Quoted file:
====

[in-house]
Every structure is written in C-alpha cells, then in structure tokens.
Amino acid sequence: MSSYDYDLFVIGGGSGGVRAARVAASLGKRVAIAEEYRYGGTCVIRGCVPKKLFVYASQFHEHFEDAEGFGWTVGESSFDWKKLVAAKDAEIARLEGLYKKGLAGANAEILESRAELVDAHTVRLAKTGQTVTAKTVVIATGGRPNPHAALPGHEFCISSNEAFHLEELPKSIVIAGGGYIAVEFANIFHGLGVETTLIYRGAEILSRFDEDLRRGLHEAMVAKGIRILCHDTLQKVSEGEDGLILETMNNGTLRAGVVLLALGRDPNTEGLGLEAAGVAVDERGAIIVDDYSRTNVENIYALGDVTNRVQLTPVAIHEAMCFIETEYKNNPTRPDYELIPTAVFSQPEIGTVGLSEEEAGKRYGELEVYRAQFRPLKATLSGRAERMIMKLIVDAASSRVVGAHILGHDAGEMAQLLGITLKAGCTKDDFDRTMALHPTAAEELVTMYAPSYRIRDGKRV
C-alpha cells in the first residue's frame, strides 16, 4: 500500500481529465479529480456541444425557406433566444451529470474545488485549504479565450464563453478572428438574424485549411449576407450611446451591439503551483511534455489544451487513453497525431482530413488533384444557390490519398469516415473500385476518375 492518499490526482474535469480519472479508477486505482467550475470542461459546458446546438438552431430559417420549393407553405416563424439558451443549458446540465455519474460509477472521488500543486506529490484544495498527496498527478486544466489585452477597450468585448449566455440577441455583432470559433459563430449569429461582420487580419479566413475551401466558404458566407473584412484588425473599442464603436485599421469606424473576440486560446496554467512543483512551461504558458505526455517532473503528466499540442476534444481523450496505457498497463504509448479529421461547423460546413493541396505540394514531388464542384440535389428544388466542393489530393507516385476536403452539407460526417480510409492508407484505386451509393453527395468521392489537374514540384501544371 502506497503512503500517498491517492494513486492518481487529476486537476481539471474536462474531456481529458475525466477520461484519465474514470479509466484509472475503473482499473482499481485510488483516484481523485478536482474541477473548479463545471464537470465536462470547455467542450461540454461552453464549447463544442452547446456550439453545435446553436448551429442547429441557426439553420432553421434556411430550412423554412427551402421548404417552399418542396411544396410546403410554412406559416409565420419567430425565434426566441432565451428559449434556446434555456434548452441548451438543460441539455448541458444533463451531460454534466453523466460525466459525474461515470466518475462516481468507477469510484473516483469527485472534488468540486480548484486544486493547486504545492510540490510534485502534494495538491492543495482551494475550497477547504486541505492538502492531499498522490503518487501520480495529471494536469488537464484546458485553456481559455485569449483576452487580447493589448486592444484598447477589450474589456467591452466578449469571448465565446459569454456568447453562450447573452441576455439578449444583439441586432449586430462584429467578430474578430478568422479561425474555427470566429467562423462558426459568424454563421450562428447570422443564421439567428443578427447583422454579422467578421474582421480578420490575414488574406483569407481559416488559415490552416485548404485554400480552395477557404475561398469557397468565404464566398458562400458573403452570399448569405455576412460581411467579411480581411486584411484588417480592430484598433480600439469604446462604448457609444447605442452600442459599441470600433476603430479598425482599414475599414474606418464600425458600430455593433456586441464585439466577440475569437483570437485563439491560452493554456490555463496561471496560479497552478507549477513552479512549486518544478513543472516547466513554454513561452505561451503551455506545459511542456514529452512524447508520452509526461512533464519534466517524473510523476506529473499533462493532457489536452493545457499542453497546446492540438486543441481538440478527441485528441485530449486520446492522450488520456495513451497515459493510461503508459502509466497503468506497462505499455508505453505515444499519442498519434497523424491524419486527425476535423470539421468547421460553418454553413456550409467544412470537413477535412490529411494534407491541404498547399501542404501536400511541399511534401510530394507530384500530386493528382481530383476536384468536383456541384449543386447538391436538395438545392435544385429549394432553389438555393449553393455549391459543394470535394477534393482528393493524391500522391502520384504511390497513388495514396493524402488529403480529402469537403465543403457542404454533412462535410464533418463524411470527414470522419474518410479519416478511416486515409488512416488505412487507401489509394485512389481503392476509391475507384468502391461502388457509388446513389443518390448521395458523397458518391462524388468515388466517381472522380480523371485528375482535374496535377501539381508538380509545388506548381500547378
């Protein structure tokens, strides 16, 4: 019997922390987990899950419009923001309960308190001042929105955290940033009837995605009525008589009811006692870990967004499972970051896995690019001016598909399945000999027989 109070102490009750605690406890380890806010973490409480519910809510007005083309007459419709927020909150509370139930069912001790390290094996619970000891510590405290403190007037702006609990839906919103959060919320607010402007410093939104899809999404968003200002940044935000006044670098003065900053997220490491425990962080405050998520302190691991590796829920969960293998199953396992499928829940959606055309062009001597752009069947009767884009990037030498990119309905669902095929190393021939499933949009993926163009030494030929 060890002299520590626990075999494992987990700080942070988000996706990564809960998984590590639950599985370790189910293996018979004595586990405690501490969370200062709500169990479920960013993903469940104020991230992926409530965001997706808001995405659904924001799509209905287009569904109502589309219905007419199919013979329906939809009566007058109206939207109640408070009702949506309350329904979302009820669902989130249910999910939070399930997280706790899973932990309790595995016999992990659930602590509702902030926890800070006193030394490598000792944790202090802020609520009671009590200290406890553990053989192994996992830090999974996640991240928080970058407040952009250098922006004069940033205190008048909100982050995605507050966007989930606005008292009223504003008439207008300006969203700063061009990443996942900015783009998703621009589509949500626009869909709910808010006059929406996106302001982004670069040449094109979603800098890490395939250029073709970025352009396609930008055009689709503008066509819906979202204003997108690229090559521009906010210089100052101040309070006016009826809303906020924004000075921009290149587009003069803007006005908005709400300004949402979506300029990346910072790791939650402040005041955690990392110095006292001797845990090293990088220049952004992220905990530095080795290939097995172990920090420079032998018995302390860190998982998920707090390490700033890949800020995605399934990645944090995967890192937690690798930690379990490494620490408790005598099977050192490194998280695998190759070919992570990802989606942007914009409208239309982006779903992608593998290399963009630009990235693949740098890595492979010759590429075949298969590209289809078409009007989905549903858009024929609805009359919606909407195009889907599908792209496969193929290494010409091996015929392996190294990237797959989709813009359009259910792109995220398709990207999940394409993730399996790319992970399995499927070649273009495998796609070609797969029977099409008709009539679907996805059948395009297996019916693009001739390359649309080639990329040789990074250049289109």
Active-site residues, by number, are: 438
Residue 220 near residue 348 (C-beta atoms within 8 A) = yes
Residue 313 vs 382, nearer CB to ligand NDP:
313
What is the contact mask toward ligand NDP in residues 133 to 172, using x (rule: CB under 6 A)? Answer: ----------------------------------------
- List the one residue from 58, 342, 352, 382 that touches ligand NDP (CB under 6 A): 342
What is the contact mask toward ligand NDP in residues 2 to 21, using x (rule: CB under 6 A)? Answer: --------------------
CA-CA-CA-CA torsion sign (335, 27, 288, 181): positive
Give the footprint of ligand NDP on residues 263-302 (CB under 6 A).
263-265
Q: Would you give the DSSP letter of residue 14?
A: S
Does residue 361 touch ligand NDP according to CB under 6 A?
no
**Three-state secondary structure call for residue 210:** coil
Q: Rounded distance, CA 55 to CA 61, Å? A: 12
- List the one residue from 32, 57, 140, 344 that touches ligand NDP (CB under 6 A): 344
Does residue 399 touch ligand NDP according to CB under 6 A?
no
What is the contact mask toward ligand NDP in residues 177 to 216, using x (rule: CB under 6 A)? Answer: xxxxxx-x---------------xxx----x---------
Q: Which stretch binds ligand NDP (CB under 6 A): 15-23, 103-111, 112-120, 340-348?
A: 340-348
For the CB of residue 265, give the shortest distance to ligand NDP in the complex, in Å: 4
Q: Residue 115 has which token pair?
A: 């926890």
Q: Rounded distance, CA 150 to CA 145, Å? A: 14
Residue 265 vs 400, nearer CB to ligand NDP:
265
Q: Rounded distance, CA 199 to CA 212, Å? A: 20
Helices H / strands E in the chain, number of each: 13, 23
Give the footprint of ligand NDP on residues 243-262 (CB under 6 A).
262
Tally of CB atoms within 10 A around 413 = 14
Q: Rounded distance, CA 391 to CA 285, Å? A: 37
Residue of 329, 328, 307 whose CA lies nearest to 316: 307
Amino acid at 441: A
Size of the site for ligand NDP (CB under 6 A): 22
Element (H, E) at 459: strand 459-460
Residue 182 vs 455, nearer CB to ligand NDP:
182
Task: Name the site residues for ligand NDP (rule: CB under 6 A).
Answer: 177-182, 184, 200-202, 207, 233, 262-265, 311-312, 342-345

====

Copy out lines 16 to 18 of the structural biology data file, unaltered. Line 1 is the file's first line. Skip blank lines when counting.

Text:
Q: Would you give the DSSP letter of residue 14?
A: S
Does residue 361 touch ligand NDP according to CB under 6 A?